Leading Dutch design on hoardings: Patterns of the World
Behind the hoardings at Schiphol, a new future for the airport is taking shape. Change and innovation are in our DNA, and we’re always looking ahead. That’s why we’re investing in better, more efficient and more sustainable business processes wherever we can. Different parts of the airport are going gas-free, circular innovations are being implemented and we’re hard at work to streamline our security and check-in processes. Because for us, it’s all about connecting your world.
Just like the airport itself, construction at Schiphol never stops. Hoardings play an important role in this: they’re the boundary between passengers travelling in comfort today and the people working to ensure the comfort of tomorrow’s passengers. But boundaries don’t have to be boring. In fact, they can offer you a glimpse into another world. That’s why we asked the talented Dutch designer Mae Engelgeer to visualise the concept of Patterns of the World on our hoardings. With Engelgeer’s designs, we want to connect the past with the present, celebrate cultural diversity and embrace connection in all its forms.
The designer speaks
Mae Engelgeer is an internationally renowned Dutch designer specialised in textile design. Exploring the limits of textile production, she uses old techniques to create modern, cutting-edge work. In her search for exciting contrasts between the materials and patterns she uses, Engelgeer creates profound textural landscapes that beg to be touched.
What inspired you in making Patterns of the World? “I often draw my inspiration from specific historical periods or certain decorative elements, and the feelings they inspire. I then translate those feelings into a stylised formal language to create patterns and new worlds, based on my own contemporary vision and personal signature.”
How is the concept of Connecting the Netherlands visualised in your work? “By travelling, you expand your world, create new experiences and connect with other cultures. With this series of works for Schiphol, I want to make people aware of that. The designs take you on a journey around the world and through history. Travelling can be stressful, but I hope that people will be able to take a moment to really absorb the patterns and reflect on the wealth of beauty that different countries and cultures have to offer.”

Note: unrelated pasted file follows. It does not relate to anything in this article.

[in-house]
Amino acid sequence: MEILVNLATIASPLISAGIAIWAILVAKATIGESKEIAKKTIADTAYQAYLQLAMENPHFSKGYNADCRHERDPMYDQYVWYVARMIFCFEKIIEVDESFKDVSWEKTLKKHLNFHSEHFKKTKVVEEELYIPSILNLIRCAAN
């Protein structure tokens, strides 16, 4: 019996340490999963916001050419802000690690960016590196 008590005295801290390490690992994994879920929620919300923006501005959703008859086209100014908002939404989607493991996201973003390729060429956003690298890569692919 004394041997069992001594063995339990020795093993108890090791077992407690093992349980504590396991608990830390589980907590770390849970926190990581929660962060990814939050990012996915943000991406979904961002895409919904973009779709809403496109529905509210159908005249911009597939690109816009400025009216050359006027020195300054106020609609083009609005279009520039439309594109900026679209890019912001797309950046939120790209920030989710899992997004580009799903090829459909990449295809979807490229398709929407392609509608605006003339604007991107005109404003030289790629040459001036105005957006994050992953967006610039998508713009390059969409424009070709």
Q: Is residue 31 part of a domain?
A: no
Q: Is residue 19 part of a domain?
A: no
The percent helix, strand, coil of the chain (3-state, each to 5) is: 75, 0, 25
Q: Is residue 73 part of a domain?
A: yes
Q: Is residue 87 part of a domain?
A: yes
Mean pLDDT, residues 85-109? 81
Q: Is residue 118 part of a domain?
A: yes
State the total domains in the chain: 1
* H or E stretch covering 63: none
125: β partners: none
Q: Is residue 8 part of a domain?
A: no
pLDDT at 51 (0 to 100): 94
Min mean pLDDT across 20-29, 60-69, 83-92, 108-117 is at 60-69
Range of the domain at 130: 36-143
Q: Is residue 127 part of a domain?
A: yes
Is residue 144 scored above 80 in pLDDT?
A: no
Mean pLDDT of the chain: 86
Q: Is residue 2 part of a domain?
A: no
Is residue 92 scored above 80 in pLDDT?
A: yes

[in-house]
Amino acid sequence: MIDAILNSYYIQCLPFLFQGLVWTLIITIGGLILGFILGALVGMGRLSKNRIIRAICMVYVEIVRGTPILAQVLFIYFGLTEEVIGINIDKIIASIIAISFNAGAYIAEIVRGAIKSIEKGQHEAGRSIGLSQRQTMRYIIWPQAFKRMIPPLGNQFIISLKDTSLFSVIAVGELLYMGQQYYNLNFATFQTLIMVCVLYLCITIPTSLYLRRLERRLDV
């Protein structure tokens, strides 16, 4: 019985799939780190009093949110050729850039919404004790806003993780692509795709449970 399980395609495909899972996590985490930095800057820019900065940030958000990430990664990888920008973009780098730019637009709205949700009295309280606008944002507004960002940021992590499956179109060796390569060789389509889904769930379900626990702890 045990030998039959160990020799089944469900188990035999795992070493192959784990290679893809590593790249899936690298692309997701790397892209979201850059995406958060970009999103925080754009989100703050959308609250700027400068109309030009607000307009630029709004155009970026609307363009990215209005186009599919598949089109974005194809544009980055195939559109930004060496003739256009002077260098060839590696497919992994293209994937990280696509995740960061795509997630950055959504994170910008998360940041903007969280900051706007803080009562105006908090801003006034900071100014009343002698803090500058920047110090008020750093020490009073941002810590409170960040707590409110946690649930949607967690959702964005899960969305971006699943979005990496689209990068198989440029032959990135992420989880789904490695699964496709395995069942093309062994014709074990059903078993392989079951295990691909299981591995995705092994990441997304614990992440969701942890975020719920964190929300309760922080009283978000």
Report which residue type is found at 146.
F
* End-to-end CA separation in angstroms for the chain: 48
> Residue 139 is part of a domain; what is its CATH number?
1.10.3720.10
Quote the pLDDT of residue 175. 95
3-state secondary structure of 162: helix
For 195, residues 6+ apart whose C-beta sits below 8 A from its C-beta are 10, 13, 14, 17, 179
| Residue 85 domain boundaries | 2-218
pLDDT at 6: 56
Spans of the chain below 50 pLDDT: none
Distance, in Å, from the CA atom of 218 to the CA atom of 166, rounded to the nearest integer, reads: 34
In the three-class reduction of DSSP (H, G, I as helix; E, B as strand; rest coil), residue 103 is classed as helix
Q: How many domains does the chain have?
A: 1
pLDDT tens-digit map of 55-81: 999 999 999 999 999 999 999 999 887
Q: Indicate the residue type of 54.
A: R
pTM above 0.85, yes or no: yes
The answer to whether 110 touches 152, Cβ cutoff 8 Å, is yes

What patterns would you like to incorporate in your future work? “For this series, I had the whole world as an inexhaustible source of inspiration. But if I had to choose right now, I’d either go for extreme Scandinavian minimalism or bombastic Brazilian colours. I think both of those styles would lend themselves really well to my signature. But a surprising spin on a classic Dutch pattern would be fun too!”
The styles that shape and colour the world
Europe | Art deco
It’s impossible to capture Europe in one style, but art deco really wears its European roots on its sleeve. This now world-famous design style originated just before the First World War in Paris. Even though art deco’s shapes and colours are so typical of that era, they still feel modern and fresh today. Over the past century, art deco has influenced the design of everything from buildings, furniture, jewellery, fashion and vehicles down to the objects we use every day. It’s a style characterised by bold geometric shapes, bright colours and exotic details – elements that at first glance might seem conflicting, but which are united by a desire to be modern and to exude opulence and luxury.
Indonesia | Batik
The Asian batik style dates back to the 12th century and has since spread all over the world. When it comes to patterns, use of colour, technique and the quality of the finishing, the most refined batik fabrics are most likely produced in Indonesia. Over the centuries, this highly recognisable style has crossed religious, racial and cultural boundaries to become a signifier of identity to hundreds of millions of people.